On Saturday, towards the end of the conference, all participants joined in the Monastery’s zendo for a renewal of vows ceremony and to formally welcome new members to the SZBA. The fusatsu ceremony incorporated a statement of atonement, written by several male SZBA members, expressing an acknowledgement of past wrongs against women, people of color, and other often disenfranchised groups. The statement (posted in full below) concludes with a clear intention: “we bow in reverence, sorrow, and determination to overcome and heal the forces that cause such pain, for ending suffering within and without is the Dharma’s true Gateway, the Buddha’s True Heart.”
The conference was officially only open to SZBA members and associate members, which included ordained MRO monastics. That said, several talks and events were made open to all Monastery residents who gladly used the opportunity to better familiarize themselves with the ways in which Zen priests make their way in the world, including those now living outside the cloister of a training center. Residents, in turn, worked enthusiastically to produce a sumptuous banquet-style meal that concluded the conference.
All told, it was a rich experience for all involved.
Gathered here today as Zen Buddhist priests and custodians of the dharma, we pledge to face, acknowledge, understand and hold the weight of our collective karma so that we may practice and teach with clarity, vulnerability, and honesty.
With heavy hearts, aware of our own complicity we understand:
That across time and culture men have harmed and dominated women, creating patriarchal cultures of fear. Buddhist and Zen culture have been as guilty of this as any other, sometimes even distorting the teachings to allow for such misguided power to be wielded.
That we in this moment and in this very place stand on sacred ground of indigenous peoples that has been stolen from them and with cruel deception and religious doctrine maintained as if a right of those who have taken it. Our nation has capitalized on this theft, and their internment and genocide— a theft that continues as indigenous peoples remain unacknowledged and uncared for by a cruel social system they had no hand in shaping.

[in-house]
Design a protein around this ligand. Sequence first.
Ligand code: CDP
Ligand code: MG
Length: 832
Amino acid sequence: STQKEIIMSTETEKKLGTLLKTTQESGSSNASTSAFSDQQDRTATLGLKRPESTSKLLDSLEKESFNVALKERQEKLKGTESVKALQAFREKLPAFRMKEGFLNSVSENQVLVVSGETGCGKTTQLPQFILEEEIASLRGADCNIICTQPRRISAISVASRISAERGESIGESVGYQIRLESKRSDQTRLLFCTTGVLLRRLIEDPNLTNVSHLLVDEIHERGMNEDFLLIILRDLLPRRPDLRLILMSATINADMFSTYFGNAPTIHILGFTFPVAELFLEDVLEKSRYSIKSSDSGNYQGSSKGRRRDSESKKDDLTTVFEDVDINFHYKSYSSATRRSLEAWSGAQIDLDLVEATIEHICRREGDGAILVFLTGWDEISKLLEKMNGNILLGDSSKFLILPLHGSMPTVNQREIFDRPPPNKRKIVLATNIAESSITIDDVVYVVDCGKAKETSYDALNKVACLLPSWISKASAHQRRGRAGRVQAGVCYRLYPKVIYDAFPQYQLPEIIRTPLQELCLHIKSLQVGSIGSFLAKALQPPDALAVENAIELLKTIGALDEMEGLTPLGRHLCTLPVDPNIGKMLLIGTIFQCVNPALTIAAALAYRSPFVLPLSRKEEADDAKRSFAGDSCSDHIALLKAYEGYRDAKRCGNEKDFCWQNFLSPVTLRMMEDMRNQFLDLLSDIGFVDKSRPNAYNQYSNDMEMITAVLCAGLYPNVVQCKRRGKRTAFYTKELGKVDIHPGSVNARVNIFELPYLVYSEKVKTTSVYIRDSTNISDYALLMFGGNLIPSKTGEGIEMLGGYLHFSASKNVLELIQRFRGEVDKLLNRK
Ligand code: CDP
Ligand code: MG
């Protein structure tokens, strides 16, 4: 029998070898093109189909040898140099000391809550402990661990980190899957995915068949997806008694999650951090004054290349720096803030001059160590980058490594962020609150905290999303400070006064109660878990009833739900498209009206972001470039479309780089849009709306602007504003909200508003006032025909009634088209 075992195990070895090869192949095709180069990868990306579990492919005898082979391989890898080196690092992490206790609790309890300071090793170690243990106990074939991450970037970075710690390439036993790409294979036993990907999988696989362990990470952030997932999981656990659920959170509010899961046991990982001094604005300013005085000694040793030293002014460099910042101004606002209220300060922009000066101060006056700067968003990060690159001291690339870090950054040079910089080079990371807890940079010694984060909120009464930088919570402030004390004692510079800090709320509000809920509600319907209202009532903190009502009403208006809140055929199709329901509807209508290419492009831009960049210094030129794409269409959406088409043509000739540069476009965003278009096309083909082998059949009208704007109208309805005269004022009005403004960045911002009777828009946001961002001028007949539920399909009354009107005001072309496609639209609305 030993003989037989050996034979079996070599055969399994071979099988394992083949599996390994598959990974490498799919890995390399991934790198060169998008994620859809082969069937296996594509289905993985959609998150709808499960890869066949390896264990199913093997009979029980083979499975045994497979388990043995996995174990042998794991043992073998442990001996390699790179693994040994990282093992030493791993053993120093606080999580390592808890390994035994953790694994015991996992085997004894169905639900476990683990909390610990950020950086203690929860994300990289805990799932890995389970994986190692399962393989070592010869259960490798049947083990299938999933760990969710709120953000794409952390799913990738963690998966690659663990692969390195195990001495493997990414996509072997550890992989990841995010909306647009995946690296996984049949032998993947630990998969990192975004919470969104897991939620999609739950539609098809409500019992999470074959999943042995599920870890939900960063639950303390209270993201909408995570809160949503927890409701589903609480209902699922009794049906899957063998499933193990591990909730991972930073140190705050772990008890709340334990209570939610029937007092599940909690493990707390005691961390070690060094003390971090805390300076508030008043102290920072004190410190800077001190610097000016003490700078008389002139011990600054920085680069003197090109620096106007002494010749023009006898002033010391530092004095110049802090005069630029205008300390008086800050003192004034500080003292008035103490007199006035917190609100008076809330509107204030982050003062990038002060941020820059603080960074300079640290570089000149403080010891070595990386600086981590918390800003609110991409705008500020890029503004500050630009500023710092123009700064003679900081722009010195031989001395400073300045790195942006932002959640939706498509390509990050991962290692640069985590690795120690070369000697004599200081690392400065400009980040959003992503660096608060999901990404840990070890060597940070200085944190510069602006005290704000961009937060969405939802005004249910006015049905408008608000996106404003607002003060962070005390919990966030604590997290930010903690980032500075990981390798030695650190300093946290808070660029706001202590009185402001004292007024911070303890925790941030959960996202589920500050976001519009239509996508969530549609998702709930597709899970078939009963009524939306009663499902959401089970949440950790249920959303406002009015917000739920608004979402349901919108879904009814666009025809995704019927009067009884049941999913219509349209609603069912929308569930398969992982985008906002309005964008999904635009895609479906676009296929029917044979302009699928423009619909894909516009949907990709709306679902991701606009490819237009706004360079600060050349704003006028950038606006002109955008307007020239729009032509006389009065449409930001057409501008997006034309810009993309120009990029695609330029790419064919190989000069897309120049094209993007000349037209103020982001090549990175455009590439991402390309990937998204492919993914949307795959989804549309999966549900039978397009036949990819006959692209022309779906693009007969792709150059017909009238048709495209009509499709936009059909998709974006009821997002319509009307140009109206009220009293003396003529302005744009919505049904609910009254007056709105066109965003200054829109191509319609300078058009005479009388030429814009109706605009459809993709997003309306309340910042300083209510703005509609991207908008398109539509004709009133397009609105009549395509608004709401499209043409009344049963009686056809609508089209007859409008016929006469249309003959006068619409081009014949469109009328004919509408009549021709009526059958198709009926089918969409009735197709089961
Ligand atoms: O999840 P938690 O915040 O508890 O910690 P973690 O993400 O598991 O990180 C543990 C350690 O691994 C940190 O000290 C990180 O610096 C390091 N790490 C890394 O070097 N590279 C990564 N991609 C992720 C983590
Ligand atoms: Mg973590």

That the colonization of what we call the Americas, and the rise of the United States as a global power, rests upon the enslavement of African people taken violently from their homes and forced to labor under brutal and oppressive conditions.
That we as individuals and communities live in a world in which some, only because of the color of their skin, are accorded social and economic privilege. We recognize the willful blindness that upholds this privilege, as well as the indignity and pain of systematic oppression, exploitation, enslavement, and deportation of those whose skin does not accord them this privilege:
We atone for the suffering caused by racism in all its forms, and vow to dismantle the white supremacist systems that maintain oppression, including mass incarceration and the deportation, persecution and exclusion of refugees and immigrants.
That we as individuals and communities, have treated people with disrespect, cruelty and violence because of their sexual orientation and gender identity.
That we as individuals and communities are complicit in an unfair, classist economic system that divides humanity into winners and losers, exploiter and exploited, and that encourages selfishness and conflict.
That as human beings, we cannot separate the gift of our own existence from the violence being done, through short-sightedness, greed, and self-importance, to our planet and the many beings with whom we share it.
As individuals, as a sangha, and on behalf of all who came before us, we atone for our participation in all systems that perpetuate domination, violence, greed, disrespect, and unfairness. We pledge ourselves to overcoming these forces in ourselves and in the world for the benefit of all sentient beings, victims as well as perpetrators.
Now as we chant the verses of repentance and renew our vows in the Full Moon Ceremony, we bow in reverence, sorrow, and determination to overcome and heal the forces that cause such pain, for ending suffering within and without is the Dharma’s true Gateway, the Buddha’s True Heart.